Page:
As soon as my neck heals, I will put the bracket though the paces to see how well it works, and we should have pricing and availability info by then as well.

TrailLED.com

Comments

Von Kruiser - 08/25/14 - 5:31pm

just ride in the day time

Von Kruiser - 08/25/14 - 5:31pm

if you need that much light.

Psi Squared - 08/25/14 - 5:46pm

I think these might be handicapped by the apparent difficulty in aiming them properly.

Andrew - 08/25/14 - 5:47pm

…cutting edge technology promises commuters and solo 24-hour racers…

Then

…Do not shine it into other people’s eyes…

Like other commuters and other traffic?
This is not a commuter light! Especially on strobe.

Jay - 08/25/14 - 5:50pm

There is no way I’d go riding with someone who had that. They would inevitably look at you and blind you. Even riding, if they were behind you the shadows cast would be distracting.

Al Boneta - 08/25/14 - 6:17pm

I always wanted to be the creature from the movie “The Thing” for Halloween

Chris - 08/25/14 - 6:51pm

Will this rig not melt the helmet??

Greg - 08/25/14 - 6:54pm

@andrew
It comes with a seizure salad.

JBikes - 08/25/14 - 7:32pm

Texas must be a dark dark place indeed.

Joe - 08/25/14 - 8:05pm

At the wonderful price of only $1200.

Stampers - 08/25/14 - 9:14pm

If I ran into that on the trail at night I’d see spots for long time…

Dan Smith - 08/25/14 - 9:49pm

These lights are amazing. He rents these lights at local races for anyone to try out. My wife used one and talked about how amazing it was. I doubted her, so I had to try it for myself. This light is unmatched. I’ve used a number of different brands, but this is by far the best without a doubt. The XXX is super bright and once it’s mounted on the helmet, your bar light isn’t even needed. Don’t worry about aiming this, because it doesn’t need to be. GO TRAIL LED or GO HOME

SGK - 08/25/14 - 9:58pm

Reminds me of the ship from Close Encounters. Does it play tones?

Mortimer - 08/25/14 - 11:28pm

“did not feel the 800gm”. Yeah right. 800grams extra on one’s head would feel like 800grams.

bertie - 08/26/14 - 1:02am

Overkill. Pass.

Kristi - 08/26/14 - 3:24am

Helmet light is Ok. But IMHO it is not smart to have just one light and on the helmet. When it is clear it is OK. But try to ride with it when foggy or drizzling. No Lumens will help you to see any ground. I use bar mount 1800lm light plus 1200lm helmet light from Lupine.

Matt - 08/26/14 - 3:26am

Helmet lights are fantastic but you really need handlebar lights as well, on technical terrain, using just a helmet light flattens all the lumps and bumps. A lower mounted light as least throws shadows to help you spot rocks

HiddenDeer - 08/26/14 - 4:05am

DO YOU SEE ME NOW

JonB - 08/26/14 - 9:15am

Man, those larger lights are terribly inefficiently made. For the cost of one of the large “halo” lights, they could get an extrusion tool for the backside made that would incorporate the fins. Even better, this same extrusion could be used for the middle size. The center body would then be the same between the two.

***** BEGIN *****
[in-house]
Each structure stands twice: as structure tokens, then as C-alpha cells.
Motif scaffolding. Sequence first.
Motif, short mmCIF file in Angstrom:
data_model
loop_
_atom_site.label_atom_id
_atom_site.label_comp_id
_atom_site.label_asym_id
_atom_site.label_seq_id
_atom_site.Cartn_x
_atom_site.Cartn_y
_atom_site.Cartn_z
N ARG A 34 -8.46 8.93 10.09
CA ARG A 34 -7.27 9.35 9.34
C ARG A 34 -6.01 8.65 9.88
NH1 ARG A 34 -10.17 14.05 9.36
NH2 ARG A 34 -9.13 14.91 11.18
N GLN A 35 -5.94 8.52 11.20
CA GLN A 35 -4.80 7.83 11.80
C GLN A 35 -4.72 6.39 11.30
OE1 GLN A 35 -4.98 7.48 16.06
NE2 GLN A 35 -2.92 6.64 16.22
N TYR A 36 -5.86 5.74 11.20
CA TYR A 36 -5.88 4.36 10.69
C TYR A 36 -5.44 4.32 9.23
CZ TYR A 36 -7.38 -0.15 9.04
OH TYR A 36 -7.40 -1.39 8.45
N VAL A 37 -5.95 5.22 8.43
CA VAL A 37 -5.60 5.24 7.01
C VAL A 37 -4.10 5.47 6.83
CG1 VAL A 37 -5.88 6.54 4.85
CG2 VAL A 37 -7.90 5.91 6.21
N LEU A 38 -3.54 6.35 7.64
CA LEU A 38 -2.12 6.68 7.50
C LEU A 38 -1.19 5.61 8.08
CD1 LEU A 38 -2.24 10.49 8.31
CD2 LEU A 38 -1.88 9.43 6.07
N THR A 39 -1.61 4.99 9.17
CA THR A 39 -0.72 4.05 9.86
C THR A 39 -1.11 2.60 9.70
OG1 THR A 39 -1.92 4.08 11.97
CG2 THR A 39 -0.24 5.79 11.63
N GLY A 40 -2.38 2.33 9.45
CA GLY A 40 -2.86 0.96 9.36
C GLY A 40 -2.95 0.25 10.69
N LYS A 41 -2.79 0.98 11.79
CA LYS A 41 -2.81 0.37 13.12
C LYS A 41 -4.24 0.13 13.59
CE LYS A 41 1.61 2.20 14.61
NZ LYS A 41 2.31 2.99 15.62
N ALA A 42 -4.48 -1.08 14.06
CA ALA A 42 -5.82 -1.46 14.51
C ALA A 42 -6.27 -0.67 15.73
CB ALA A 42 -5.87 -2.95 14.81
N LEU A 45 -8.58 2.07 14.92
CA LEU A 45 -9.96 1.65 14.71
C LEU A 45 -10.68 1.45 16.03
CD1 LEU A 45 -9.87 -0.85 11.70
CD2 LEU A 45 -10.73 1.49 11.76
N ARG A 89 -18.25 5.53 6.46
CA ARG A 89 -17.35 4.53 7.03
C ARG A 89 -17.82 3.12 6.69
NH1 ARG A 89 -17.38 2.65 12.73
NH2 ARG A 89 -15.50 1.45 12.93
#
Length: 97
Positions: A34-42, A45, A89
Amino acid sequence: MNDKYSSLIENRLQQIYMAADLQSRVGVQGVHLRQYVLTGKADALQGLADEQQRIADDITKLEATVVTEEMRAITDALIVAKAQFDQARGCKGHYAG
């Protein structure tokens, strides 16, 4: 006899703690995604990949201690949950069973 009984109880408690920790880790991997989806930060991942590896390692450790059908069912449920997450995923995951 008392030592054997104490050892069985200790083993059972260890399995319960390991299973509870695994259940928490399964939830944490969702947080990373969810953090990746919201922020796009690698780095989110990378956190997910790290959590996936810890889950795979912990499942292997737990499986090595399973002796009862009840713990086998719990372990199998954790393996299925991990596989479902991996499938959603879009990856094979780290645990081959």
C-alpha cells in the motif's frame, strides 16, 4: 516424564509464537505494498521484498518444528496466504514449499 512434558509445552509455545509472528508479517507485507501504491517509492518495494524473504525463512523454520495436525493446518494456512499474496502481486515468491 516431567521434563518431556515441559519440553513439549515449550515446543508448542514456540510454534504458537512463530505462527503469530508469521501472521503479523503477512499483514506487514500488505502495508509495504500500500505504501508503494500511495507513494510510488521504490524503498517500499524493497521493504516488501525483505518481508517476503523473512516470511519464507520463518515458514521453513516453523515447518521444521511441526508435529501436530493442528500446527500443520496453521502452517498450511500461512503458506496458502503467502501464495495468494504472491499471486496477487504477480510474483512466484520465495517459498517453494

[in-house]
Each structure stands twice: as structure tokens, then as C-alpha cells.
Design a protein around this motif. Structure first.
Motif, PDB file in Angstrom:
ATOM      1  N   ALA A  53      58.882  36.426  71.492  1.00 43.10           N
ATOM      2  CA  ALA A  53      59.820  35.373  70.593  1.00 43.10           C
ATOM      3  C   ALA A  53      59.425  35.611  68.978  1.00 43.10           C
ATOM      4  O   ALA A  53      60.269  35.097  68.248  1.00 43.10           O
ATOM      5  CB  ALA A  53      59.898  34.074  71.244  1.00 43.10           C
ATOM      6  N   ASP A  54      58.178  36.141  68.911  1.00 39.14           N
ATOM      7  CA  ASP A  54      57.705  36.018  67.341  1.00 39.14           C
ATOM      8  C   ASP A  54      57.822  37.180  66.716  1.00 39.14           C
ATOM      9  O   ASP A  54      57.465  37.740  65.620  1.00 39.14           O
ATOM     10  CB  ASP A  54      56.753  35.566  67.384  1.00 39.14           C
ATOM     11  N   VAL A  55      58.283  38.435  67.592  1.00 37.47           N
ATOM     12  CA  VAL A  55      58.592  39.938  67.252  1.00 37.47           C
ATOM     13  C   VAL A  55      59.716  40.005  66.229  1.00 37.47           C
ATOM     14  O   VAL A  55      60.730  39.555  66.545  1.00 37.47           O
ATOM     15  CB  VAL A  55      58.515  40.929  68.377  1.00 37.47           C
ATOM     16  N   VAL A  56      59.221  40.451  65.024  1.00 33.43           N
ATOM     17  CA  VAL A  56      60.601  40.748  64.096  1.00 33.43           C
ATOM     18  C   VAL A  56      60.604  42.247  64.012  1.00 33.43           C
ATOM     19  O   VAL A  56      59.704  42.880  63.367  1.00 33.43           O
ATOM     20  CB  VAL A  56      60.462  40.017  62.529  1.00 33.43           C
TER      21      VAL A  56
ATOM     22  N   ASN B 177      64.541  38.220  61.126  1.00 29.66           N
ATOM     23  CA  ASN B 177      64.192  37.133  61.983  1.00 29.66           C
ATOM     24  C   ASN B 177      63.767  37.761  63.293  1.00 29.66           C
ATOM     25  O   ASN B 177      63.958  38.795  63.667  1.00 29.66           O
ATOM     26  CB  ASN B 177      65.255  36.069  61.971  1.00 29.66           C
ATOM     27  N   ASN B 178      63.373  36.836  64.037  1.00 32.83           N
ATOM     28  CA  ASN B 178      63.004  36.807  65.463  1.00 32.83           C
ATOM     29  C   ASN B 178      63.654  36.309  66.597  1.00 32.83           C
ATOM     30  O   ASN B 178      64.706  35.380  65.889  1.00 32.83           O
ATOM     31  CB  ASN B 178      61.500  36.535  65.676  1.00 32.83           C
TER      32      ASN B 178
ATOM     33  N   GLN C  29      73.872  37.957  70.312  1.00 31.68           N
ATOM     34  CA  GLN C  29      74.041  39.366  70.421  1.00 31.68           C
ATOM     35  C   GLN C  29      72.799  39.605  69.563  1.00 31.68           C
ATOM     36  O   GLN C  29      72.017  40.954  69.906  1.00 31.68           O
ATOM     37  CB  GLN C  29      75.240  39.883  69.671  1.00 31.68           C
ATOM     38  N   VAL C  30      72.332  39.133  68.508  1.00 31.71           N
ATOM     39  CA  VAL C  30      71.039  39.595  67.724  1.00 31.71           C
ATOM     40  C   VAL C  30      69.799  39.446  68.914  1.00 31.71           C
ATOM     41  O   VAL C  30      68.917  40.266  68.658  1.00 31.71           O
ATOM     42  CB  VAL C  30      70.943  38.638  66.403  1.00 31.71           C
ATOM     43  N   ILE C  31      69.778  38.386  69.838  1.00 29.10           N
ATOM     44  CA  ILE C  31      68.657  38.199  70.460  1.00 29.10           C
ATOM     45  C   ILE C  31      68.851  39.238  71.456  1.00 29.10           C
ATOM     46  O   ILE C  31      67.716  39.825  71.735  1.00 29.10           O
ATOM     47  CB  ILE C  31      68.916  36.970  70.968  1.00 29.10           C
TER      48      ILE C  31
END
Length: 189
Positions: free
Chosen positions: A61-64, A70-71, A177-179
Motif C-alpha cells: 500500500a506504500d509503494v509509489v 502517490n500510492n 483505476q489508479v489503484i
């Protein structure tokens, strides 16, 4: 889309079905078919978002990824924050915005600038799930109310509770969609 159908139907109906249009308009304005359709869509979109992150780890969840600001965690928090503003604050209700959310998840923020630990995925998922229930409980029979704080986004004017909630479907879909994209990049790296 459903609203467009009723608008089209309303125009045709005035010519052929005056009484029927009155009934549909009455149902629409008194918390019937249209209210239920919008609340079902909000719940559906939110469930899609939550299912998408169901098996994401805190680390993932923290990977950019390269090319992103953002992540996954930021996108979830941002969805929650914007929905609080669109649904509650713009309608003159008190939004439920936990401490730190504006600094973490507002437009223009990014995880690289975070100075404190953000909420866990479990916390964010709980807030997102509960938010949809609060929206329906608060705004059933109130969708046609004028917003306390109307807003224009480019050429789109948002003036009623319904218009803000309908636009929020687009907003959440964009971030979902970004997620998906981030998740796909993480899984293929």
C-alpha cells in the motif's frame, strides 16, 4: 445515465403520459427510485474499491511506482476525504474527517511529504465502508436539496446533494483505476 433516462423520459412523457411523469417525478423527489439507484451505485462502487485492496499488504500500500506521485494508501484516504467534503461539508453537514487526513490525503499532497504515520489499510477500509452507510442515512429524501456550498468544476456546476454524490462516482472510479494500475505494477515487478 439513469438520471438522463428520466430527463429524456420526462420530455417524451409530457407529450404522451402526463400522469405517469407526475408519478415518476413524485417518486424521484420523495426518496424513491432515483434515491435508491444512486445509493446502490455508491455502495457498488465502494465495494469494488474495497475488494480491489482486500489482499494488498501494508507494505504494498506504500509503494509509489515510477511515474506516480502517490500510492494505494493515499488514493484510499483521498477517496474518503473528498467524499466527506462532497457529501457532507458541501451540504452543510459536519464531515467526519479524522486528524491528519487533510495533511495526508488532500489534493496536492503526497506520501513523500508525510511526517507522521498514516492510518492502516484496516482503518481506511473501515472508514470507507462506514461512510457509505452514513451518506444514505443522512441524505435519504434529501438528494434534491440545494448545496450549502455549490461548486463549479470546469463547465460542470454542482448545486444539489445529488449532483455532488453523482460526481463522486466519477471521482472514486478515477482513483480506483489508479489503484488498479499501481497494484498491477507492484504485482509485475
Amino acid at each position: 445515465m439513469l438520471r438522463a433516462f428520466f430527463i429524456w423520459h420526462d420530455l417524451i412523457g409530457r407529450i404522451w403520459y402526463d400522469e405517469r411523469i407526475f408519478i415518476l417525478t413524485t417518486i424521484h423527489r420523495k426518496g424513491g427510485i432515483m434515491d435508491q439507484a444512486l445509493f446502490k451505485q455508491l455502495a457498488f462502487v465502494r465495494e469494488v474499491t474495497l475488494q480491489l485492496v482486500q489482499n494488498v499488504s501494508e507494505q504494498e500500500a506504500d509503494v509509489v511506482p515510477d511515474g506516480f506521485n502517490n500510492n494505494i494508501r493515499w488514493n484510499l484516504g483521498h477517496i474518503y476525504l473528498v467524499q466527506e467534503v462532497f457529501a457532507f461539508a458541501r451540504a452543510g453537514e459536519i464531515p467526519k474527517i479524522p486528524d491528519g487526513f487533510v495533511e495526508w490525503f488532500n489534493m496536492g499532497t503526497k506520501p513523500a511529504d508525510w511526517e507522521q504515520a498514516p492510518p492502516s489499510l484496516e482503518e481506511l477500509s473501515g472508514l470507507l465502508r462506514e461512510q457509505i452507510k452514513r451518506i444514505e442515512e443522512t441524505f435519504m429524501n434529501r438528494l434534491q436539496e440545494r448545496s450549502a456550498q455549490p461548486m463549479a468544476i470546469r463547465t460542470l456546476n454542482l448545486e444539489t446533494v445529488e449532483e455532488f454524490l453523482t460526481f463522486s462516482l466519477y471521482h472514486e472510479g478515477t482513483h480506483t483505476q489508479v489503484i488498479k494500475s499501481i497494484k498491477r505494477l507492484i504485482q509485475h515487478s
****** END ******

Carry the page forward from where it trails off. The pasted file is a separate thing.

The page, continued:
This would add 2 seals and a small amount of assembly, but save at LEAST half the machining cost – those fins don’t machine easy… And the curvature of the part means a LOT of material to hog out for making multiple parts.

Matt M - 08/26/14 - 3:46pm

The HALO is obviously the show piece and not meant for every rider. I checked these out at 24hr Nationals and the DS is amazing so I bought one. I used to be dead set on a bar light, but after using the DS I realized it was because I didn’t have enough light before and strained my eyes to stay focused even with two separate 1500+ lumen lights.

Now, I have ridden with the DS on my helmet and an MJ-808 on my bars and can honestly say that whether the bar light is on or off does not impact my riding.

As far as complaining about weight or anything else. I checked the stats to every other comparable light (mtbr shootout and mfr info) and the DS is lighter, brighter, and mounted lower. Can’t say enough good things about mine.

craigsj - 08/28/14 - 8:48am

“This, according to Pace, means less eye strain and less required concentration, meaning that you can ride faster with less effort.”

How ridiculous.

Ritchie - 08/28/14 - 10:49am

1gm of Dilantin stat!

Ethan - 08/29/14 - 8:27pm

I own the XXX. It’s a fantastic light. First time out it survived a crash and a thunderstorm. Brightness never varied over four hours of use at any of the three settings. You get what you pay for and it’s rock solid. The battery for the XXX even rode well in my jersey pocket. Kind of surprised at the negative comments here.

Scott Buchholtz - 09/10/14 - 11:09am

I have used them all, Night Rider, Serfas, you name it. The Trail LED is by far the best light I have ever user. I put the sucker on high and fly down the trail. I put it on low and commute to work. Simply put, these are the best.

muf - 09/13/14 - 2:53pm

if you ride at night such lights are needed.
i use an ebay 3xCREE lamp on the top of my helmet. its totally overkill on the road and dangerous as you can blind car drivers. Its as powerfull as a car headlight but unlike cars the beam goes in the direction you look (hence the ease of blinding ppl/drivers)

on the road, a small 50-100lumen fixed light works even on totally dark roads..

on the trail its perfect and i wouldnt want any less, as you need to spot each rock, etc. very clearly

muf - 09/13/14 - 2:54pm

oh also on the other hand the 550usd price for the light is a joke at best.
my 3x CREE is nearly as good and cost 40 bucks with li-on batt..

NCXC - 10/24/14 - 9:57am

How does the Trail LED XXX compare to the Gloworm X2 and XS?

Would love to support a USA company but their mounting and versatility is making me hesitant on the purchase.